I’ve returned home, and it’s been interesting. I read Irving’s book, I watched the DVD from the 2006 seminar a couple of times, now I’m reading Olga’s book. In my first year of teaching I used to go to Barnes and Noble a lot and read entire books while I was there. I told my students I did this and they accused me of stealing because I wasn’t paying for the books. In this way, on Sunday, I read Jewish Literacy by Rabbi Joseph Telushkin and Day by Elie Wiesel. Jewish Literacy was read because of my determination to come to some working order of the identity of Jewishness; I (and we) might be satisfied with ambiguity, but I don’t think my 8th graders will be. And on a side note: I don’t think acceptance of all will come when we become ignorant of our identities, but when we come to celebrate the uniqueness of our identities (GO SUE!). Day was read because it was there, and I hadn’t read it yet. It is an amazing book; the writing reminded me of two of my favorite authors: Albert Camus and Jean-Paul Sartre. When me and my college buddies discovered The Stranger we never knew someone so intelligent and so dead could describe absurd existence with so few words; it always took us a long time to try to explain anything. I’m quite sure Wiesel is not an existentialist, but his despondency in Day is so complete that I’m sure I’ve only encountered it in Camus and Sartre (and maybe Chuck Palahniuk, but maybe I don’t read widely enough). I took notes as I read, both of the actual words Wiesel used (in my opinion it is his best work I’ve read) and my responses to his words.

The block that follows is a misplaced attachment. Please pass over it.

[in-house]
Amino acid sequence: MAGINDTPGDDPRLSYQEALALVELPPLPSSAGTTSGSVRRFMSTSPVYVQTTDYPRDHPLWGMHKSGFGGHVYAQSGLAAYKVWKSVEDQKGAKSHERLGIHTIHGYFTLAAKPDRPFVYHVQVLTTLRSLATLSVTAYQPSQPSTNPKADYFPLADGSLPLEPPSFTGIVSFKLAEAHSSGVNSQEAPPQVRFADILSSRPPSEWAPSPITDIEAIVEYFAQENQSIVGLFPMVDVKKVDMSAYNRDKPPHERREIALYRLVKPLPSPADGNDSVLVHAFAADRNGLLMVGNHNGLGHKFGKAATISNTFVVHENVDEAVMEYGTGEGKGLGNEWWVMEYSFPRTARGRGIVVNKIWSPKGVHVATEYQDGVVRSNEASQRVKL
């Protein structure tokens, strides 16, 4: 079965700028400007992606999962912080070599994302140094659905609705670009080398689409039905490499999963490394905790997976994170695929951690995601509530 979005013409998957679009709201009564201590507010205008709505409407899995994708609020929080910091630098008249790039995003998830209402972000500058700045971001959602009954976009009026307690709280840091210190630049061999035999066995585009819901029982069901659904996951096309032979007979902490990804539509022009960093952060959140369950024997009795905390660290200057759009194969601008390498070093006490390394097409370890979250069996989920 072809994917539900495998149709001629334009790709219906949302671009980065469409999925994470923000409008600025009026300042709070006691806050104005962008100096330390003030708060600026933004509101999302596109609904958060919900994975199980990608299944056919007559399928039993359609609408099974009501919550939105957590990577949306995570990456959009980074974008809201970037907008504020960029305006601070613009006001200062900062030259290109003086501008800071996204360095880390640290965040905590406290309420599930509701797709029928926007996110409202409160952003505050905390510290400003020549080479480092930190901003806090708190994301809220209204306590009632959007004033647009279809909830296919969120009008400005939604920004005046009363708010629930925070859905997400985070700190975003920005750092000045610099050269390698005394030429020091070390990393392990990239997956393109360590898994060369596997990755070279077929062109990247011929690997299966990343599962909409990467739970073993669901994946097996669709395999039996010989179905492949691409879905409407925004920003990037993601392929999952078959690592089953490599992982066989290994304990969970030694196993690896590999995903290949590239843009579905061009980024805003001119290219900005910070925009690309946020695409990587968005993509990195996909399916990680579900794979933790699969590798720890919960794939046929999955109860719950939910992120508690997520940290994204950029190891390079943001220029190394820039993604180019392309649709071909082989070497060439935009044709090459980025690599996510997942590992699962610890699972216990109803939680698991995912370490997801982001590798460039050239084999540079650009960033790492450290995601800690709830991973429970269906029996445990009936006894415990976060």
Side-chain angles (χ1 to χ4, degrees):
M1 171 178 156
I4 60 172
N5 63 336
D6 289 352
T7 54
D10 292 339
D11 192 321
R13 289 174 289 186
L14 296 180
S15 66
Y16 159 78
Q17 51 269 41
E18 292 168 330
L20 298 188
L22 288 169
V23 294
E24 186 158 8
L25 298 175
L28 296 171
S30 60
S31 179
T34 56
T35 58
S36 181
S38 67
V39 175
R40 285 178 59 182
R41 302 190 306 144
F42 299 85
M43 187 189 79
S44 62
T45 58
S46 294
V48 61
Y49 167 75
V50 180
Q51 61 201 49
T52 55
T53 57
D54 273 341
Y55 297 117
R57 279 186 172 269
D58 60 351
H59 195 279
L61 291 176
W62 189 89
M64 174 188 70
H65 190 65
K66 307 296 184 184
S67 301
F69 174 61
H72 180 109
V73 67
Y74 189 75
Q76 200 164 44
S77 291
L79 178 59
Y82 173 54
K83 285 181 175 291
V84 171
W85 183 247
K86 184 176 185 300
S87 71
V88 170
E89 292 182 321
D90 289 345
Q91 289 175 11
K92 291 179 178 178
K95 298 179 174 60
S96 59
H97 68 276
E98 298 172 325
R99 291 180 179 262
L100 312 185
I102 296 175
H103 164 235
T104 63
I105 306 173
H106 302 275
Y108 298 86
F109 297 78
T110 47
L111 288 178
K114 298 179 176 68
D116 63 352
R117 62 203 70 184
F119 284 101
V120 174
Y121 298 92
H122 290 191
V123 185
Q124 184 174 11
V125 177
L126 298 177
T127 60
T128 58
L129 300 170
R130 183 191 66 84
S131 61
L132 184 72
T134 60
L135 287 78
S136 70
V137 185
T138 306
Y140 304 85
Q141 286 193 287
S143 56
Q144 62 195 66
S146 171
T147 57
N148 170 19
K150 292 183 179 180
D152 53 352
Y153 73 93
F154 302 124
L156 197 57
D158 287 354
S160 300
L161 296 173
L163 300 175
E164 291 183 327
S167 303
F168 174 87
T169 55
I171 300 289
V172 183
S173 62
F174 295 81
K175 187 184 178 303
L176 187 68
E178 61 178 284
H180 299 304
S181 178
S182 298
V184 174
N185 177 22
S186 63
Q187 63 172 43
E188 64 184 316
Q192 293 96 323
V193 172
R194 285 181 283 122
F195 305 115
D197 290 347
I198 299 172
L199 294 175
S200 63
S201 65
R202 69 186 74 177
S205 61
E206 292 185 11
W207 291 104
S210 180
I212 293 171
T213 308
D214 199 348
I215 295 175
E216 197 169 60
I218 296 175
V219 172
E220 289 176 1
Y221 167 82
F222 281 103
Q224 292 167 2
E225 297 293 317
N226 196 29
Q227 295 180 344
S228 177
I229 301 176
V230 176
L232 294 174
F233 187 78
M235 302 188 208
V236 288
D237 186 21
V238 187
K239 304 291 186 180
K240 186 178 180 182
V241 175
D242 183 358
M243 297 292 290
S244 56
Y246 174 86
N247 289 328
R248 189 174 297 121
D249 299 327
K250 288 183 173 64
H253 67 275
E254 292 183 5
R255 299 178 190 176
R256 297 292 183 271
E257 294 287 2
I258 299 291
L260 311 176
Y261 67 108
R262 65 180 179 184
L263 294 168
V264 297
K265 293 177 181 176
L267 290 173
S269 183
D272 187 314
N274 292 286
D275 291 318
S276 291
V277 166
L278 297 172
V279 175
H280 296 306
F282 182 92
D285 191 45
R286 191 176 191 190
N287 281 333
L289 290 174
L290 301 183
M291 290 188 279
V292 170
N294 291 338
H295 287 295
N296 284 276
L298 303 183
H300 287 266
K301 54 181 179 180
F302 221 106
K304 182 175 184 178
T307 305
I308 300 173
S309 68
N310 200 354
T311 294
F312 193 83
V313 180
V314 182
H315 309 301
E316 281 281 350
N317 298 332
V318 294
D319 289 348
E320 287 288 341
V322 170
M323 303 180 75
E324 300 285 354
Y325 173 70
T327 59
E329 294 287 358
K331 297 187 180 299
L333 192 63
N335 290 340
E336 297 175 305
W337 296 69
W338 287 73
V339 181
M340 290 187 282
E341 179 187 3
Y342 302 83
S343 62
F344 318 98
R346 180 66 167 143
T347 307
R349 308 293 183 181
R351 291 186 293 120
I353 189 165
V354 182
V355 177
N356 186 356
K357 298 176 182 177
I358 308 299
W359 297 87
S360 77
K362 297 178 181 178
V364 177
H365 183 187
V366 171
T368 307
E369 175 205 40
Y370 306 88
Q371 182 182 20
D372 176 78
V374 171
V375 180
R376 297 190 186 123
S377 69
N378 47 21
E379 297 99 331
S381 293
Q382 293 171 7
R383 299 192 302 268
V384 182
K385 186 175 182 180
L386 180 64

Just at the end of the six o’clock hour I read this: “I wanted to get rid of all the filth that was in me and graft it onto her pupils and her lips, which were so pure, so innocent, so beautiful. I bared my soul. My most contemptible thoughts and desires, my most painful betrayals, my vaguest lies, I tore them from inside me and placed them in front of her, like an impure offering, so she could see them and smell their stench.”
According to my journal, at 7:02 pm, this was my response: I want to eat glass. I want to pound car hoods and scream and cry – no weep. I want to bleed a thousand times over and walk through crowds of witnesses with questioning eyes and jaws hung open out of horror. I am a murdered, an adulterer, and a thief. I don’t know how to wake up in the morning. The only thing I want is to hate myself even more. And now my eyes wander, imagining: smiles and laughter, family, and happiness.
In his “Preface” to The Myth of Sysiphus, Camus writes: “The fundamental subject of ‘The Myth of Sysiphus’ is this: it is legitimate and necessary to wonder whether life has a meaning; therefore it is legitimate to meet the problem of suicide face to face. The answer, underlying and appearing through the paradoxes which cover it, is this: even if one does not believe in God, suicide is not legitimate. . . . Although ‘The Myth of Sysiphus’ poses mortal problems, it sums itself up for me as a lucid invitation to live and to create, in the very midst of the desert.”
Somehow, in all the absurdity, Camus found a way to be encouraged by bleakness; this is the greatest difference between him and Wiesel. Camus relished the absurd life; Wiesel was pushed into it. In the “Preface” to Day, Wiesel explains that he had to change a few specifics to fictionalize his encounter with the cab in New York; he really didn’t see the cab, so his accident wasn’t a suicide attempt. Still, in his story, it had to be faced. In Night he was the messenger of death, witnessing the murder of his family and his people, and walking away a corpse. In Dawn he brought death to the doorstep of his enemy. In Day, he faced self-imposed death, and discovered “to be and not to be. . . . That man lives while dying, that he represents death to the living.”